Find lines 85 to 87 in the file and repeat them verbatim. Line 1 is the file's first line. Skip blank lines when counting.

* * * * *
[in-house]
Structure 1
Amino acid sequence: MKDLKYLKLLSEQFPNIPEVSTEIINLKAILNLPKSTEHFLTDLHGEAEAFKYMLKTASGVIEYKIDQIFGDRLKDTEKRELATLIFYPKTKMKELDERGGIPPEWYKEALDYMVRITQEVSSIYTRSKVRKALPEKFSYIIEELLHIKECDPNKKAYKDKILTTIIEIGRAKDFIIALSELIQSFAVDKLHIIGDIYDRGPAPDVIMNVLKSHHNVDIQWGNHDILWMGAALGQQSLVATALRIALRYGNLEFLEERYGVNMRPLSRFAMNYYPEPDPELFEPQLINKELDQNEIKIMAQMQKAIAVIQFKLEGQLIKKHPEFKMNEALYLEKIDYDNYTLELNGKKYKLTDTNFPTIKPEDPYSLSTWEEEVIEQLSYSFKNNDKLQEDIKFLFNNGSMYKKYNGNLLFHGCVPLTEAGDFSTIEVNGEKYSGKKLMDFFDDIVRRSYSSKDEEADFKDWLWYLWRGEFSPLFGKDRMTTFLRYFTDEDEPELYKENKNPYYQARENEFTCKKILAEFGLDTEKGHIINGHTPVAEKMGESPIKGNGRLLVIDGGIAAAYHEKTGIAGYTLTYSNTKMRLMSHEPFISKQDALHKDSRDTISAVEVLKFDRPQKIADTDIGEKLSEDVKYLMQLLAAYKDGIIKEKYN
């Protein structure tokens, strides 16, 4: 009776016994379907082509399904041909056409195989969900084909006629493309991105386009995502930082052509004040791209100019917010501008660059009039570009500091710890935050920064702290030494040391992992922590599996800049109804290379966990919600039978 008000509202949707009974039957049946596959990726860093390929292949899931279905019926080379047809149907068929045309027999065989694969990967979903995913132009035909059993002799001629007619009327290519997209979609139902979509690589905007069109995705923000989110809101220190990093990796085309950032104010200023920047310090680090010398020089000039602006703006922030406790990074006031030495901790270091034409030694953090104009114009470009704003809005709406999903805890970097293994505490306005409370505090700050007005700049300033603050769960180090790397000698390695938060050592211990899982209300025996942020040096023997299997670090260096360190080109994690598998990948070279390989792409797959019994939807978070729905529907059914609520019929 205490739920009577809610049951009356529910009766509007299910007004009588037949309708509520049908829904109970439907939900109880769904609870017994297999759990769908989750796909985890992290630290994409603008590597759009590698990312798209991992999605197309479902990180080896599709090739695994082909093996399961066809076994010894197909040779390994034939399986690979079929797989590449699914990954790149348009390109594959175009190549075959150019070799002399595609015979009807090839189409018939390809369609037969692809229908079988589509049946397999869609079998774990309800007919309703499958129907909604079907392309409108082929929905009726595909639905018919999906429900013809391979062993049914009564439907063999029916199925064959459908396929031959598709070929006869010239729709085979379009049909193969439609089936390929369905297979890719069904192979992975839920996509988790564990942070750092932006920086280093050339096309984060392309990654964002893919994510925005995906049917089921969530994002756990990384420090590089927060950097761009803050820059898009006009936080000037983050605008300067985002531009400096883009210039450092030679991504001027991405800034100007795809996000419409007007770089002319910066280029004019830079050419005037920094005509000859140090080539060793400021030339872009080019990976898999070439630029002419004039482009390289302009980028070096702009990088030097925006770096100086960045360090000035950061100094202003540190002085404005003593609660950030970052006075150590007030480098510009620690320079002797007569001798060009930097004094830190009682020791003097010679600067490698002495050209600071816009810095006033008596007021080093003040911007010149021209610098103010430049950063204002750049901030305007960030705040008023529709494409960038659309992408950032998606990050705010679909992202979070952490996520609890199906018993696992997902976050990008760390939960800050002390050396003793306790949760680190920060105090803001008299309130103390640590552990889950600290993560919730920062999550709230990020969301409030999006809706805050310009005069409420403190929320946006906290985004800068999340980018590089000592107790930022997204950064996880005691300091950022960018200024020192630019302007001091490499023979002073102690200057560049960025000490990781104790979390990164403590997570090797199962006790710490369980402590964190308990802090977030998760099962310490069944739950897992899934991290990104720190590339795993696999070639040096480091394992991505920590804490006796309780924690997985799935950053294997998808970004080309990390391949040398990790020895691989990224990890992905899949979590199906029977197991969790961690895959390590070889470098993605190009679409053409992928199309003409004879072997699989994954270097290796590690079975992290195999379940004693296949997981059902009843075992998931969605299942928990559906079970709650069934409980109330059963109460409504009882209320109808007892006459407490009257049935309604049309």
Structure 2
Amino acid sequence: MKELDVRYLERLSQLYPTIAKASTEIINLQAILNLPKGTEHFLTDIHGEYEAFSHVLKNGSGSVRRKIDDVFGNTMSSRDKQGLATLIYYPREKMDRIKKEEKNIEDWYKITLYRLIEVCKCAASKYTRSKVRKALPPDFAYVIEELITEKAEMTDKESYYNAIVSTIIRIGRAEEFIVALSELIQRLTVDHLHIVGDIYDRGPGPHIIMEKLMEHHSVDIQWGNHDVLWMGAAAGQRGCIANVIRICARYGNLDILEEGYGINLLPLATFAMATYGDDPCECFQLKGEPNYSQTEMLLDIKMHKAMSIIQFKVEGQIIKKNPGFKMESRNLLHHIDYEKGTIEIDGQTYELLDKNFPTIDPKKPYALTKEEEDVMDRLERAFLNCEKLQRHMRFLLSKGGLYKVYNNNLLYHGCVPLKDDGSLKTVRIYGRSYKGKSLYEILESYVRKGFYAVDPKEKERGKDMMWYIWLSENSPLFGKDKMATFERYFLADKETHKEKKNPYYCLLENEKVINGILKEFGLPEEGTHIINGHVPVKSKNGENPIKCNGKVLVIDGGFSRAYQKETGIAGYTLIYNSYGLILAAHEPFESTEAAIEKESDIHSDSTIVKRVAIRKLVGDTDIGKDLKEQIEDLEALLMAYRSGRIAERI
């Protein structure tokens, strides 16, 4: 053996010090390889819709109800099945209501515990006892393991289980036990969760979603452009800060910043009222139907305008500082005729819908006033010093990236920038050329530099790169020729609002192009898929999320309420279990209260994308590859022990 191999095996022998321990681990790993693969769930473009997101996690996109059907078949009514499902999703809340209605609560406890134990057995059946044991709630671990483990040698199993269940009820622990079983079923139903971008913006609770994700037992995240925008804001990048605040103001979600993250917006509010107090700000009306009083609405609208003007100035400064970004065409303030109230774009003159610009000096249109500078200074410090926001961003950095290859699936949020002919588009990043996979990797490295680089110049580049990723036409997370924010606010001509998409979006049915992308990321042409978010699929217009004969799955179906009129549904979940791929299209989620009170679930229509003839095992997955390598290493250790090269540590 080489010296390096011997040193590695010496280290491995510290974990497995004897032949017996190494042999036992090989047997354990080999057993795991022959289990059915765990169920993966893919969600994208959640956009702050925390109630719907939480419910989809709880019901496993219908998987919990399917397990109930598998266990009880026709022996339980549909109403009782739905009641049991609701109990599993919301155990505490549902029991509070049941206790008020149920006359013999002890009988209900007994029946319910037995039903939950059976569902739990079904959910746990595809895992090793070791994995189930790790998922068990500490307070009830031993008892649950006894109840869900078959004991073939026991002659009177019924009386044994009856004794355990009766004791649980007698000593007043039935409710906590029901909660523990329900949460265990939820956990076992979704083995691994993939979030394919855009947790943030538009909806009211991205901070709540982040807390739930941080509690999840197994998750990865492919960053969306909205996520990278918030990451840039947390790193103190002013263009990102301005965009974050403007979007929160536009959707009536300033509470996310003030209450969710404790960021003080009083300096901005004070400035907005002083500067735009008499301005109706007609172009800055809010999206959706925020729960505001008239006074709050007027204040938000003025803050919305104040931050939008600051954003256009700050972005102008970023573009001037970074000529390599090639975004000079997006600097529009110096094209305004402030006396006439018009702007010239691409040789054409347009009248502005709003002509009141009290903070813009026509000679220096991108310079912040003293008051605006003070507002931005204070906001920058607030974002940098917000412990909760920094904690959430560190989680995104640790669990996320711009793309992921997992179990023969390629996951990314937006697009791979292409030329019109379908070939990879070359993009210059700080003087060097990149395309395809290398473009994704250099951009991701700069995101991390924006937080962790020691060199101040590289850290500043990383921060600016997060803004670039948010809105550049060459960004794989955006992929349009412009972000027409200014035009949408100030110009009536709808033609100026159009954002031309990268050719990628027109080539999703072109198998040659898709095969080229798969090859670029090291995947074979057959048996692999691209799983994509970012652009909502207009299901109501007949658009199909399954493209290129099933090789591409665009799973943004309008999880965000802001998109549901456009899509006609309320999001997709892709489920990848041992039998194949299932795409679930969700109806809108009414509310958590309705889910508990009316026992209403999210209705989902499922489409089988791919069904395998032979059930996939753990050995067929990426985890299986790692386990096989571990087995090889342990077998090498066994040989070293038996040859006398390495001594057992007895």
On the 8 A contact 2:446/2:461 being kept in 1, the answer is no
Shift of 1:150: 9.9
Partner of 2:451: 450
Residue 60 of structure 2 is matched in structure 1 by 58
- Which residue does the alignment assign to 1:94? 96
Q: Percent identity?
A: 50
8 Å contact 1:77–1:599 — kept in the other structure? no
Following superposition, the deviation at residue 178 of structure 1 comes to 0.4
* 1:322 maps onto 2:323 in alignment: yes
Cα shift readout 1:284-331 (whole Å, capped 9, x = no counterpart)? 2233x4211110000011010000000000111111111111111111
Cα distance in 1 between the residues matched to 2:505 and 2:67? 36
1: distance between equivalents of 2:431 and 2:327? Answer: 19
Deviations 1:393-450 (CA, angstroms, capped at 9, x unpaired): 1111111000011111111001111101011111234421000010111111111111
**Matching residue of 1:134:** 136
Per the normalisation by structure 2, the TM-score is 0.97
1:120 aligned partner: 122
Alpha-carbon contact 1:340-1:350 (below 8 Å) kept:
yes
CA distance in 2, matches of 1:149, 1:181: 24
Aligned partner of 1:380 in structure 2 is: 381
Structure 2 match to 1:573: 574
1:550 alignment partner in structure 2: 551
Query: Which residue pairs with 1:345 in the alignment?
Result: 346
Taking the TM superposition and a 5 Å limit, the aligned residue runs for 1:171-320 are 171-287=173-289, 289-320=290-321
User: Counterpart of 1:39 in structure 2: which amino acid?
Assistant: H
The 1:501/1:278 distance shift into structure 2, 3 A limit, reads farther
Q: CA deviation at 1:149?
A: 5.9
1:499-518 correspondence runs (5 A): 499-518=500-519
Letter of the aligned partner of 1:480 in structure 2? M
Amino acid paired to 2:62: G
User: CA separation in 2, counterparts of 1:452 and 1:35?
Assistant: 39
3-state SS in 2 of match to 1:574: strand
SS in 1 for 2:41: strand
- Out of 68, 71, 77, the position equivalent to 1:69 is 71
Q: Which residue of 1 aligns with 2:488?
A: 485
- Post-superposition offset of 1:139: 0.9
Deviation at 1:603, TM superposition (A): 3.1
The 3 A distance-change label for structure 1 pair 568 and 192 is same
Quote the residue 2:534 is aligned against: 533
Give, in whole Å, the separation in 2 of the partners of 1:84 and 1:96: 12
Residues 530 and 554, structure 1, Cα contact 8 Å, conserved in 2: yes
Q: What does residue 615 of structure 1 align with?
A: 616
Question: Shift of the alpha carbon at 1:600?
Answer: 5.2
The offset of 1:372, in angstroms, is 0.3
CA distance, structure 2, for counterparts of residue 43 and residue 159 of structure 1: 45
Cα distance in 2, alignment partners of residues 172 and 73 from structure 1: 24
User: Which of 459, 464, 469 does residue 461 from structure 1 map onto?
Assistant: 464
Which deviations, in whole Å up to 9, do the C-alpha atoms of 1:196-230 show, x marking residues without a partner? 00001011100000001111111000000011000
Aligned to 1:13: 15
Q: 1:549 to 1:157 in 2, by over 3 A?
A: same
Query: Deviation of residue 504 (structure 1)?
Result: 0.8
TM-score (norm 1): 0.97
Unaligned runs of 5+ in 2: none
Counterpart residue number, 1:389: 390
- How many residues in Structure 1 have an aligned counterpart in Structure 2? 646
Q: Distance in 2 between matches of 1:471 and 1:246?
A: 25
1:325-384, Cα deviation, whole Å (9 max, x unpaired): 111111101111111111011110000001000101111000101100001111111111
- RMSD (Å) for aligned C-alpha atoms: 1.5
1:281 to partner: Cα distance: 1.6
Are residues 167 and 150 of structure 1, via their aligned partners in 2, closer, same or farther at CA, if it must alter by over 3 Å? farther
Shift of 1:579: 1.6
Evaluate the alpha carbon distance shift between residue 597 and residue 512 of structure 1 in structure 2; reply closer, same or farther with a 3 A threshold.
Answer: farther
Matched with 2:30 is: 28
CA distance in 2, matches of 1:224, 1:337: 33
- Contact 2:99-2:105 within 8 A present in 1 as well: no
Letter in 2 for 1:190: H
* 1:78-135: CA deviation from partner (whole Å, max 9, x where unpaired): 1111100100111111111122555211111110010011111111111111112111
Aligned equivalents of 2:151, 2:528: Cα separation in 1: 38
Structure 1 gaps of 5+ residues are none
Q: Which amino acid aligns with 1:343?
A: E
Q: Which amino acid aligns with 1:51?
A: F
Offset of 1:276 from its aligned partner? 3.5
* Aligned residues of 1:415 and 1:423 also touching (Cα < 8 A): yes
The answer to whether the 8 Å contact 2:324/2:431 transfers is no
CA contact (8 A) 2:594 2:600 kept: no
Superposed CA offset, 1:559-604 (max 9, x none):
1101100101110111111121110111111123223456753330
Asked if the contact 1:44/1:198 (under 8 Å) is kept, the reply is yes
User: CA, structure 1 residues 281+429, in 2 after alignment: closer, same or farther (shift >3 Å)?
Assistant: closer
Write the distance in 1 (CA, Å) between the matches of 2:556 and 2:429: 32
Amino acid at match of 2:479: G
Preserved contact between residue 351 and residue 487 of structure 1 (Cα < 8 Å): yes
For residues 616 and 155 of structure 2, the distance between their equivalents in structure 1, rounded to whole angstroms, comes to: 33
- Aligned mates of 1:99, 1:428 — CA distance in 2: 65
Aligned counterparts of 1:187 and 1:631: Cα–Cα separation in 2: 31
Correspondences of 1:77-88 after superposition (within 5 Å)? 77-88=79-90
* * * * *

- Contact 2:99-2:105 within 8 A present in 1 as well: no
Letter in 2 for 1:190: H
* 1:78-135: CA deviation from partner (whole Å, max 9, x where unpaired): 1111100100111111111122555211111110010011111111111111112111